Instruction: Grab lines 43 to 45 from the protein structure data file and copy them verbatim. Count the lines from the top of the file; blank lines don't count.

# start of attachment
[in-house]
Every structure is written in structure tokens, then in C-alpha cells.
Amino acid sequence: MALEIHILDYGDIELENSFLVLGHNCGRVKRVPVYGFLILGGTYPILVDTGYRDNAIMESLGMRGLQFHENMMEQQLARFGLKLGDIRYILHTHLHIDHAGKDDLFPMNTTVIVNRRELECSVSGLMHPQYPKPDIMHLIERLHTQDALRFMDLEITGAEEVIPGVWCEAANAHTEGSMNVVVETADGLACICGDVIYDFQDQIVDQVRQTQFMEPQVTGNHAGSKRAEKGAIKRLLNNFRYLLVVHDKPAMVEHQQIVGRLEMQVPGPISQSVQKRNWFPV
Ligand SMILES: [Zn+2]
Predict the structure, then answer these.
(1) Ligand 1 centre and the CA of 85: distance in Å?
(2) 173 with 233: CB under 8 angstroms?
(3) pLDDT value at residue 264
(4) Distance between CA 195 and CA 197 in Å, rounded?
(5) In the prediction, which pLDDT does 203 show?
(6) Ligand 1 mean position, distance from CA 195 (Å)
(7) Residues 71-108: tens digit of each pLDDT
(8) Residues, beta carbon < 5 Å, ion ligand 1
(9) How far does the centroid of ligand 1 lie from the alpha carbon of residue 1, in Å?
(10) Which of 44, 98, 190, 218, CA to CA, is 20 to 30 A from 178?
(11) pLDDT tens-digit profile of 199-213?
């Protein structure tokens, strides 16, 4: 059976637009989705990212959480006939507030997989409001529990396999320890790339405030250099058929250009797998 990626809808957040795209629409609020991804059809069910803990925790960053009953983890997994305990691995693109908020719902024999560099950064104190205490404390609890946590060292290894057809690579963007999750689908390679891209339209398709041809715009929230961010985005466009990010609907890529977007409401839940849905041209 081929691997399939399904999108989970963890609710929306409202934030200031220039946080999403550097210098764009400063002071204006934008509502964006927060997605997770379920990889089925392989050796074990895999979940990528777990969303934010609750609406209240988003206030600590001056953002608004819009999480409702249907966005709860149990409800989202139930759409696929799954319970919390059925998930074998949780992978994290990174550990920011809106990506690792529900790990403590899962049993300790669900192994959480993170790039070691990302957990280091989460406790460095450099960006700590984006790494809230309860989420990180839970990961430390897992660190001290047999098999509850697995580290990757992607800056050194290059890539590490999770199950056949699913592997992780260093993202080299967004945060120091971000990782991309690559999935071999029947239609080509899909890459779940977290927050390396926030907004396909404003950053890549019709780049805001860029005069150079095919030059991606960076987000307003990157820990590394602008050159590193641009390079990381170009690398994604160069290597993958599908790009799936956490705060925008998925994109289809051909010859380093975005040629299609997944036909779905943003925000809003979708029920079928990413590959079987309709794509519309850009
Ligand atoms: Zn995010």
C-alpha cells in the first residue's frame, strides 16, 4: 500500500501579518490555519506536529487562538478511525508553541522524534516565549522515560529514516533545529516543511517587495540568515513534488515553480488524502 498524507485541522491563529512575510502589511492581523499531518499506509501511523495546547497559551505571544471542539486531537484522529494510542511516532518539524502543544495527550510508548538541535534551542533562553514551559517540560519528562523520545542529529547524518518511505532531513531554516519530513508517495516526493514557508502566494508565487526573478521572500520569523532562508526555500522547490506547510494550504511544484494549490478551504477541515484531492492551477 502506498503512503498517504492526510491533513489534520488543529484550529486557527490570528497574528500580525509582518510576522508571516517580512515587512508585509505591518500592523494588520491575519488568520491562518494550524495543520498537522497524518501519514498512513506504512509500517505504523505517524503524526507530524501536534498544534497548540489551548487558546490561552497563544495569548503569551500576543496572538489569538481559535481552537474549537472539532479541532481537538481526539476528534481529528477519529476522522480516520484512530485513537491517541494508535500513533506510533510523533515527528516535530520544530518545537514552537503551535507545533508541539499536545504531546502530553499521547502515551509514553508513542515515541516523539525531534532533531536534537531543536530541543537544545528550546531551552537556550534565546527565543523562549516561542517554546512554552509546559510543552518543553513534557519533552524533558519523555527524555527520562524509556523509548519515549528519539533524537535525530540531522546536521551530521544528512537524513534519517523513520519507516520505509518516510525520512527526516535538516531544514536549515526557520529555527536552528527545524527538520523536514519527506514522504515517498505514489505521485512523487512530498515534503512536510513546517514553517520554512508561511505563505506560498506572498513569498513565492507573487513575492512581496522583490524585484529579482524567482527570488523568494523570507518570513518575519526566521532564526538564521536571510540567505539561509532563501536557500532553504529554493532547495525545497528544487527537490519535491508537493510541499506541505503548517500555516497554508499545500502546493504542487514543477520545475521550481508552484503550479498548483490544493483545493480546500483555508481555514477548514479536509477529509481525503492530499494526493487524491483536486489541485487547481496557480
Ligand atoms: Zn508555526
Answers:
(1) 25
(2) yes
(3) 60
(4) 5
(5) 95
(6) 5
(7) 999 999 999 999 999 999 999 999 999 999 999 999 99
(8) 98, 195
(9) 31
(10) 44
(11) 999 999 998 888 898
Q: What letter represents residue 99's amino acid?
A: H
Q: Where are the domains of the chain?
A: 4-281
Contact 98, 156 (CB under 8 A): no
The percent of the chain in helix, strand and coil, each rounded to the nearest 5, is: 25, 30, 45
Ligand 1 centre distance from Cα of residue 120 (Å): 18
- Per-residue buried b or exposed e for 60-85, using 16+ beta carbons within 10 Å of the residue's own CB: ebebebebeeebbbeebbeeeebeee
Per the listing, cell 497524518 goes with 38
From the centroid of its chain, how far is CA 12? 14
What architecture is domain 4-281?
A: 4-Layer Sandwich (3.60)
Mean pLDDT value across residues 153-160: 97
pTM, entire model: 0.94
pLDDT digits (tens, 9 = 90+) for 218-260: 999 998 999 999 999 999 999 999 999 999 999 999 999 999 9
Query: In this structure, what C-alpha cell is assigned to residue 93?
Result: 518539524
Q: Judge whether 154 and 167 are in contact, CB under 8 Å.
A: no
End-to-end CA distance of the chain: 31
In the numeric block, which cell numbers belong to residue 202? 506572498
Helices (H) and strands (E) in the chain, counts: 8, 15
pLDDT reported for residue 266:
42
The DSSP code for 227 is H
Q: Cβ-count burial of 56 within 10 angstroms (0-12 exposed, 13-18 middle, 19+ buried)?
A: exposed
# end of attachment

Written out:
What architecture is domain 4-281?
A: 4-Layer Sandwich (3.60)
Mean pLDDT value across residues 153-160: 97